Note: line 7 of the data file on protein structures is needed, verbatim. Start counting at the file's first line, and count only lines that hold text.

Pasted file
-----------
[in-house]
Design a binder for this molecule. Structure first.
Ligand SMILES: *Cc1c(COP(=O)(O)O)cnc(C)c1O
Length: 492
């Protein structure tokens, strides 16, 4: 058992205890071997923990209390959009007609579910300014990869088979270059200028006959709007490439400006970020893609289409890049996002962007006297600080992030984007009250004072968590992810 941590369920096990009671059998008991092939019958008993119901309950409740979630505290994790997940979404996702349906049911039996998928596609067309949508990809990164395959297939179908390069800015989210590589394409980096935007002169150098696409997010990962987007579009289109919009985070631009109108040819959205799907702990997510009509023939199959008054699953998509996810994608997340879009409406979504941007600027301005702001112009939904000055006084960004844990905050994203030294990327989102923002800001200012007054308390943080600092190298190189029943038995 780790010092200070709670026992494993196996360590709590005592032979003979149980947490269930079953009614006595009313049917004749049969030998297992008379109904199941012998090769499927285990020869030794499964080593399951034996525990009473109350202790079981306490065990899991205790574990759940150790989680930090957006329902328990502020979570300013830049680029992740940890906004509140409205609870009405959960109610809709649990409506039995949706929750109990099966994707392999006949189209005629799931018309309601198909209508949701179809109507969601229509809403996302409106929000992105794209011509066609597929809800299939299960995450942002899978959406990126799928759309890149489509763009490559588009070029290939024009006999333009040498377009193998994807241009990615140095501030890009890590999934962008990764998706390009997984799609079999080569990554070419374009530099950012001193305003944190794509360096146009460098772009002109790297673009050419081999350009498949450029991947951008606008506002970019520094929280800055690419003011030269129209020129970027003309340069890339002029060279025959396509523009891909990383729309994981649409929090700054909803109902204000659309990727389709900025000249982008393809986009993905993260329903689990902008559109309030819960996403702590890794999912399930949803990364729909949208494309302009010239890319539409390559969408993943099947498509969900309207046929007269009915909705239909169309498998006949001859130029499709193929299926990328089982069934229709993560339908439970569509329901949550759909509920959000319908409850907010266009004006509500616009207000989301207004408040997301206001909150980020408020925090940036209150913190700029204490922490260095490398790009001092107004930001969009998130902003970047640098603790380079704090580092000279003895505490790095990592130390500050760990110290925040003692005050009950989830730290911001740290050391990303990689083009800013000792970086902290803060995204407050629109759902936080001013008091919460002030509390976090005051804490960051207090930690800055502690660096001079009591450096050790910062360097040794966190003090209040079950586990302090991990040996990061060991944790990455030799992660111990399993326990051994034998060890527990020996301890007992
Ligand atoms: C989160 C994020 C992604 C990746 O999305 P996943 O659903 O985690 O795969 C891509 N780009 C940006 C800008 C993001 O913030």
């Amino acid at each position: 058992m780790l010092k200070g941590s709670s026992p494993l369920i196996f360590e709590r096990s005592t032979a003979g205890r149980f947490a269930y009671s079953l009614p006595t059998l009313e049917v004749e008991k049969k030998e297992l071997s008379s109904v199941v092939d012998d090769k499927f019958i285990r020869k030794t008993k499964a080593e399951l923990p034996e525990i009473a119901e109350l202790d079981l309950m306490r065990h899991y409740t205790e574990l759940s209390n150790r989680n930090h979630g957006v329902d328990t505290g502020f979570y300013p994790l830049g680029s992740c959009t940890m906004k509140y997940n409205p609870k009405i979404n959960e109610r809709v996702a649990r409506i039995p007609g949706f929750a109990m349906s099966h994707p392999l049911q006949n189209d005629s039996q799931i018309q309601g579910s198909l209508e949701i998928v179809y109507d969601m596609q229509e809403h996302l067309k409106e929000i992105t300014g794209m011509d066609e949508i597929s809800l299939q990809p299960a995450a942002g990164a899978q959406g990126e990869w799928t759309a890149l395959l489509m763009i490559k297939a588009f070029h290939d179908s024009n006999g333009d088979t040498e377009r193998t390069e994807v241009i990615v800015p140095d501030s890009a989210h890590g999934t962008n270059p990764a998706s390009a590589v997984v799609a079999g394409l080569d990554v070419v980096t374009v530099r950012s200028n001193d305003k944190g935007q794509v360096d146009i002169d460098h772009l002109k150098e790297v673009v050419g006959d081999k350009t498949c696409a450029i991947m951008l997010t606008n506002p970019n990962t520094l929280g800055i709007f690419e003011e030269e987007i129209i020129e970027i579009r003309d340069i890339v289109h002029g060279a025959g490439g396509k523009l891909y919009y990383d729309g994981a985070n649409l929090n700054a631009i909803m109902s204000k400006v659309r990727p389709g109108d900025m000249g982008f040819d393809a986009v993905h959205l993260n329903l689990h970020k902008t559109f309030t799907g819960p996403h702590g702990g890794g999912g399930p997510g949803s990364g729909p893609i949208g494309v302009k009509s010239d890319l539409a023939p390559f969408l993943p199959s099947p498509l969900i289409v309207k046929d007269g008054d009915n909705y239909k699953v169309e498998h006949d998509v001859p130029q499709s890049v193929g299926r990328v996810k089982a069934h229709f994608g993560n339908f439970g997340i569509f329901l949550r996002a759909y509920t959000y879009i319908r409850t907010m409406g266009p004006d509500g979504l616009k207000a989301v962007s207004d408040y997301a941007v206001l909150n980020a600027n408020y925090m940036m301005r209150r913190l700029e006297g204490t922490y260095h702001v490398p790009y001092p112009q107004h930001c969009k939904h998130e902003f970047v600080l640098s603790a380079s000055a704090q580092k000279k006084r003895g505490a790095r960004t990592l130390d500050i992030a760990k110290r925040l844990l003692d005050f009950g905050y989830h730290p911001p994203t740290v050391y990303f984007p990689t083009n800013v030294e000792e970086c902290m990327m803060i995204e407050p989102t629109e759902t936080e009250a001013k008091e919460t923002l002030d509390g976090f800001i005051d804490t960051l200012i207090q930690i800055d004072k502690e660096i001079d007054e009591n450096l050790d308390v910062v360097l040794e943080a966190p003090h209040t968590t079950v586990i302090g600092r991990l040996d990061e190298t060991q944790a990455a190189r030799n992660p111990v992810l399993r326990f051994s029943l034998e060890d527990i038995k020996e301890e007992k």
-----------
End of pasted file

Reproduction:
């Amino acid at each position: 058992m780790l010092k200070g941590s709670s026992p494993l369920i196996f360590e709590r096990s005592t032979a003979g205890r149980f947490a269930y009671s079953l009614p006595t059998l009313e049917v004749e008991k049969k030998e297992l071997s008379s109904v199941v092939d012998d090769k499927f019958i285990r020869k030794t008993k499964a080593e399951l923990p034996e525990i009473a119901e109350l202790d079981l309950m306490r065990h899991y409740t205790e574990l759940s209390n150790r989680n930090h979630g957006v329902d328990t505290g502020f979570y300013p994790l830049g680029s992740c959009t940890m906004k509140y997940n409205p609870k009405i979404n959960e109610r809709v996702a649990r409506i039995p007609g949706f929750a109990m349906s099966h994707p392999l049911q006949n189209d005629s039996q799931i018309q309601g579910s198909l209508e949701i998928v179809y109507d969601m596609q229509e809403h996302l067309k409106e929000i992105t300014g794209m011509d066609e949508i597929s809800l299939q990809p299960a995450a942002g990164a899978q959406g990126e990869w799928t759309a890149l395959l489509m763009i490559k297939a588009f070029h290939d179908s024009n006999g333009d088979t040498e377009r193998t390069e994807v241009i990615v800015p140095d501030s890009a989210h890590g999934t962008n270059p990764a998706s390009a590589v997984v799609a079999g394409l080569d990554v070419v980096t374009v530099r950012s200028n001193d305003k944190g935007q794509v360096d146009i002169d460098h772009l002109k150098e790297v673009v050419g006959d081999k350009t498949c696409a450029i991947m951008l997010t606008n506002p970019n990962t520094l929280g800055i709007f690419e003011e030269e987007i129209i020129e970027i579009r003309d340069i890339v289109h002029g060279a025959g490439g396509k523009l891909y919009y990383d729309g994981a985070n649409l929090n700054a631009i909803m109902s204000k400006v659309r990727p389709g109108d900025m000249g982008f040819d393809a986009v993905h959205l993260n329903l689990h970020k902008t559109f309030t799907g819960p996403h702590g702990g890794g999912g399930p997510g949803s990364g729909p893609i949208g494309v302009k009509s010239d890319l539409a023939p390559f969408l993943p199959s099947p498509l969900i289409v309207k046929d007269g008054d009915n909705y239909k699953v169309e498998h006949d998509v001859p130029q499709s890049v193929g299926r990328v996810k089982a069934h229709f994608g993560n339908f439970g997340i569509f329901l949550r996002a759909y509920t959000y879009i319908r409850t907010m409406g266009p004006d509500g979504l616009k207000a989301v962007s207004d408040y997301a941007v206001l909150n980020a600027n408020y925090m940036m301005r209150r913190l700029e006297g204490t922490y260095h702001v490398p790009y001092p112009q107004h930001c969009k939904h998130e902003f970047v600080l640098s603790a380079s000055a704090q580092k000279k006084r003895g505490a790095r960004t990592l130390d500050i992030a760990k110290r925040l844990l003692d005050f009950g905050y989830h730290p911001p994203t740290v050391y990303f984007p990689t083009n800013v030294e000792e970086c902290m990327m803060i995204e407050p989102t629109e759902t936080e009250a001013k008091e919460t923002l002030d509390g976090f800001i005051d804490t960051l200012i207090q930690i800055d004072k502690e660096i001079d007054e009591n450096l050790d308390v910062v360097l040794e943080a966190p003090h209040t968590t079950v586990i302090g600092r991990l040996d990061e190298t060991q944790a990455a190189r030799n992660p111990v992810l399993r326990f051994s029943l034998e060890d527990i038995k020996e301890e007992k």